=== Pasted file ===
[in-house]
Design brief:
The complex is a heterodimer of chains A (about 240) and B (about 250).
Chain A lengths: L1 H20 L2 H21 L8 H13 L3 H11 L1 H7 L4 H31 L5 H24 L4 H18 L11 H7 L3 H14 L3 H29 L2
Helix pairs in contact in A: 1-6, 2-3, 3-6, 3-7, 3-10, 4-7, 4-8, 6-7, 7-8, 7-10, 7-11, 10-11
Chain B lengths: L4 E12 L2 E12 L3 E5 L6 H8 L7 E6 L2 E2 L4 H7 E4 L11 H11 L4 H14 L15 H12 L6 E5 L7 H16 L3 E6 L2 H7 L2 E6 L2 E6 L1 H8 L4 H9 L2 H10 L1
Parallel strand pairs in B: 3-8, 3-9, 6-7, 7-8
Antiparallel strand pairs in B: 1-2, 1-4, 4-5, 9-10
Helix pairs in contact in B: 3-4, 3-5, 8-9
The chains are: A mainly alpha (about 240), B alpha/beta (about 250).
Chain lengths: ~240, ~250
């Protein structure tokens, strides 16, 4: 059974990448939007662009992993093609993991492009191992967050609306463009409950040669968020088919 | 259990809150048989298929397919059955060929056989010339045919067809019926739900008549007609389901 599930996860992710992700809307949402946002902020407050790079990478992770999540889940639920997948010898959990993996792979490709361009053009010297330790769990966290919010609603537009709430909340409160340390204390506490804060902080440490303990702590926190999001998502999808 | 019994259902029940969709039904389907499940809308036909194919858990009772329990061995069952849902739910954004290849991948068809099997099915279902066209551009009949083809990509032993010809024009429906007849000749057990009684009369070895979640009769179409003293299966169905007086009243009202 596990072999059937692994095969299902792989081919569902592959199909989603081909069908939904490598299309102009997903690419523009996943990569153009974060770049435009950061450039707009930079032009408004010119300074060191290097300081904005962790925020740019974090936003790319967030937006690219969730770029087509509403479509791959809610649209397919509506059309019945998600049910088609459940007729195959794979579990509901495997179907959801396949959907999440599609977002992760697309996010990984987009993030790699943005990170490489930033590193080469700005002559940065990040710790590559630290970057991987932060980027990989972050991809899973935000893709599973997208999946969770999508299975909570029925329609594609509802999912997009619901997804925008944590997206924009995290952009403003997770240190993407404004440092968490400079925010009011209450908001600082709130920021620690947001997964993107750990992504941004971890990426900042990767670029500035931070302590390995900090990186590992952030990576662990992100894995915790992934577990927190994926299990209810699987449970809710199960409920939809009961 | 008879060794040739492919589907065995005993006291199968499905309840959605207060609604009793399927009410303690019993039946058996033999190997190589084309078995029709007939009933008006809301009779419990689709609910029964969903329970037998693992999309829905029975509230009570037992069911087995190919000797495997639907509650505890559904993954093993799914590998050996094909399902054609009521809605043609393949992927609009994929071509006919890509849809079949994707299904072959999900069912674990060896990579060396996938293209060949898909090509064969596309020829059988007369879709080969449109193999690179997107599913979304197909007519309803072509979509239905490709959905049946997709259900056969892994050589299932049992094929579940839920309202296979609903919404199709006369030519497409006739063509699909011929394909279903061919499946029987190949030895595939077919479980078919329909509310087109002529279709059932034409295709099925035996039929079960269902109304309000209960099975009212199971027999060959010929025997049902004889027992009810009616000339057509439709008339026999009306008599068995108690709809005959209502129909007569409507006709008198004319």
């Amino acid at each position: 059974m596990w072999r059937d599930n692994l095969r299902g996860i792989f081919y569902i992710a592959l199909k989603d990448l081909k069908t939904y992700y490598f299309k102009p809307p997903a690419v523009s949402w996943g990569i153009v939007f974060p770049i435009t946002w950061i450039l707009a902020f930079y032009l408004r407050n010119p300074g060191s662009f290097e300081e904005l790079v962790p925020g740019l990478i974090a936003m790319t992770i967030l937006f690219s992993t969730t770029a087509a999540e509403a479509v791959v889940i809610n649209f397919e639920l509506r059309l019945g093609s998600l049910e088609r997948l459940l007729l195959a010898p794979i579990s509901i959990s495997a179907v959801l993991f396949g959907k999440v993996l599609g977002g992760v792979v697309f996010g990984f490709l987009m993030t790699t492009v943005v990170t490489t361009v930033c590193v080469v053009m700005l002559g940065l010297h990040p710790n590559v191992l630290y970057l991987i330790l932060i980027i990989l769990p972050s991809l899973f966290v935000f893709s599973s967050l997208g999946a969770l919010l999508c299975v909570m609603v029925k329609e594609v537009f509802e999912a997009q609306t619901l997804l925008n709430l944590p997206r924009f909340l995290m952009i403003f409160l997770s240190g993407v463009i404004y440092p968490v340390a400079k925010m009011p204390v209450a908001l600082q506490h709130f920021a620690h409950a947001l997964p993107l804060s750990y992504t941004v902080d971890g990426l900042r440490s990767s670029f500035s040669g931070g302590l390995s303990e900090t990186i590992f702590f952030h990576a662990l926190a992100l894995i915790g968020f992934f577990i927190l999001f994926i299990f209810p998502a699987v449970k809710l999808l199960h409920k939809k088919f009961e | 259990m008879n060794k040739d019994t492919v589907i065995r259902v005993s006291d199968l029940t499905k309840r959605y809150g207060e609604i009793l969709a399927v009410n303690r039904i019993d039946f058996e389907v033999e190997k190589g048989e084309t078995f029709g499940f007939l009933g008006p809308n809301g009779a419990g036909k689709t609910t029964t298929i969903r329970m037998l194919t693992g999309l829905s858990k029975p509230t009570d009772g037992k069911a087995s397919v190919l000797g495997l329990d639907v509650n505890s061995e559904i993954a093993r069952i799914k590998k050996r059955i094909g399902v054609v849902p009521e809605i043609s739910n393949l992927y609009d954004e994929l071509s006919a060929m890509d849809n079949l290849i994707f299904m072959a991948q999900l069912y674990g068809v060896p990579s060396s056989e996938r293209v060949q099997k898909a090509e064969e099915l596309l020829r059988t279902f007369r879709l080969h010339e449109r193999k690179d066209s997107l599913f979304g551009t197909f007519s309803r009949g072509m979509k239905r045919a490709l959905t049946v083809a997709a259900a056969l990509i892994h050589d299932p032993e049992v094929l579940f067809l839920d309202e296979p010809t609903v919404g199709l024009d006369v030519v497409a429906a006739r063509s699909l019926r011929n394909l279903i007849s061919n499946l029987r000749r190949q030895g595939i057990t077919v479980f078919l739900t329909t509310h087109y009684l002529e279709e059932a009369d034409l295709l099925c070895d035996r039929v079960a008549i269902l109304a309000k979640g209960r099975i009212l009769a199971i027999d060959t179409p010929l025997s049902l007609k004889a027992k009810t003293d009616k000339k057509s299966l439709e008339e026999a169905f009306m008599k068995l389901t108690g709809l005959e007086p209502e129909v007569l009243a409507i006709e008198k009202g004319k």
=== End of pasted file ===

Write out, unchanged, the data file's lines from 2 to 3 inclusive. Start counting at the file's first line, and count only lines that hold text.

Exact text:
Design brief:
The complex is a heterodimer of chains A (about 240) and B (about 250).